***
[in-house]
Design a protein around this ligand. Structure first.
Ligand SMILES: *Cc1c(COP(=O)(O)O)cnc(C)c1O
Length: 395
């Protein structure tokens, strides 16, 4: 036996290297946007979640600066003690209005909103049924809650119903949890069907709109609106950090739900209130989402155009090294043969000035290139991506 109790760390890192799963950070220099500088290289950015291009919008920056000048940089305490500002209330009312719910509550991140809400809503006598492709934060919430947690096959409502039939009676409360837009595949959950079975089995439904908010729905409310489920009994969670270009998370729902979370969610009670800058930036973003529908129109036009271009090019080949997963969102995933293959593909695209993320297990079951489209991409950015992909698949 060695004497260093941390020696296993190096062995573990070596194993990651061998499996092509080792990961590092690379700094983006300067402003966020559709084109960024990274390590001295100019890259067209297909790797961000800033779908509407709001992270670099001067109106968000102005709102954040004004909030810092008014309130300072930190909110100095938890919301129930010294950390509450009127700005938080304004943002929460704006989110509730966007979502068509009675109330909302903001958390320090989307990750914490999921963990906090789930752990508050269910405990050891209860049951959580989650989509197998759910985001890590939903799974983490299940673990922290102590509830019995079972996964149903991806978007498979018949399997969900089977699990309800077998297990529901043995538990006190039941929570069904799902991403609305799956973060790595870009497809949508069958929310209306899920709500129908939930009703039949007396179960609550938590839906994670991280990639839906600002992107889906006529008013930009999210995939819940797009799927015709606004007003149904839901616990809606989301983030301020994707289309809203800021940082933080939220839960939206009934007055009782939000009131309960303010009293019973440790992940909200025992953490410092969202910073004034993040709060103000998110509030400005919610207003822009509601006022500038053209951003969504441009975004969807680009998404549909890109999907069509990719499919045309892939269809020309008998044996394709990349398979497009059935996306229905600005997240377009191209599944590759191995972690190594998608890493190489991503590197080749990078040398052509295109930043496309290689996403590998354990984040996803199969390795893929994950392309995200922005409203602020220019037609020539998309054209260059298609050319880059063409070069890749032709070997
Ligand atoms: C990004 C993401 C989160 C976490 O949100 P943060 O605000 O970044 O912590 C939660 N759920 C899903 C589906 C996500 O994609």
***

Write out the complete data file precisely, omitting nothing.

[in-house]
Design a protein around this ligand. Structure first.
Ligand SMILES: *Cc1c(COP(=O)(O)O)cnc(C)c1O
Length: 395
């Protein structure tokens, strides 16, 4: 036996290297946007979640600066003690209005909103049924809650119903949890069907709109609106950090739900209130989402155009090294043969000035290139991506 109790760390890192799963950070220099500088290289950015291009919008920056000048940089305490500002209330009312719910509550991140809400809503006598492709934060919430947690096959409502039939009676409360837009595949959950079975089995439904908010729905409310489920009994969670270009998370729902979370969610009670800058930036973003529908129109036009271009090019080949997963969102995933293959593909695209993320297990079951489209991409950015992909698949 060695004497260093941390020696296993190096062995573990070596194993990651061998499996092509080792990961590092690379700094983006300067402003966020559709084109960024990274390590001295100019890259067209297909790797961000800033779908509407709001992270670099001067109106968000102005709102954040004004909030810092008014309130300072930190909110100095938890919301129930010294950390509450009127700005938080304004943002929460704006989110509730966007979502068509009675109330909302903001958390320090989307990750914490999921963990906090789930752990508050269910405990050891209860049951959580989650989509197998759910985001890590939903799974983490299940673990922290102590509830019995079972996964149903991806978007498979018949399997969900089977699990309800077998297990529901043995538990006190039941929570069904799902991403609305799956973060790595870009497809949508069958929310209306899920709500129908939930009703039949007396179960609550938590839906994670991280990639839906600002992107889906006529008013930009999210995939819940797009799927015709606004007003149904839901616990809606989301983030301020994707289309809203800021940082933080939220839960939206009934007055009782939000009131309960303010009293019973440790992940909200025992953490410092969202910073004034993040709060103000998110509030400005919610207003822009509601006022500038053209951003969504441009975004969807680009998404549909890109999907069509990719499919045309892939269809020309008998044996394709990349398979497009059935996306229905600005997240377009191209599944590759191995972690190594998608890493190489991503590197080749990078040398052509295109930043496309290689996403590998354990984040996803199969390795893929994950392309995200922005409203602020220019037609020539998309054209260059298609050319880059063409070069890749032709070997
Ligand atoms: C990004 C993401 C989160 C976490 O949100 P943060 O605000 O970044 O912590 C939660 N759920 C899903 C589906 C996500 O994609």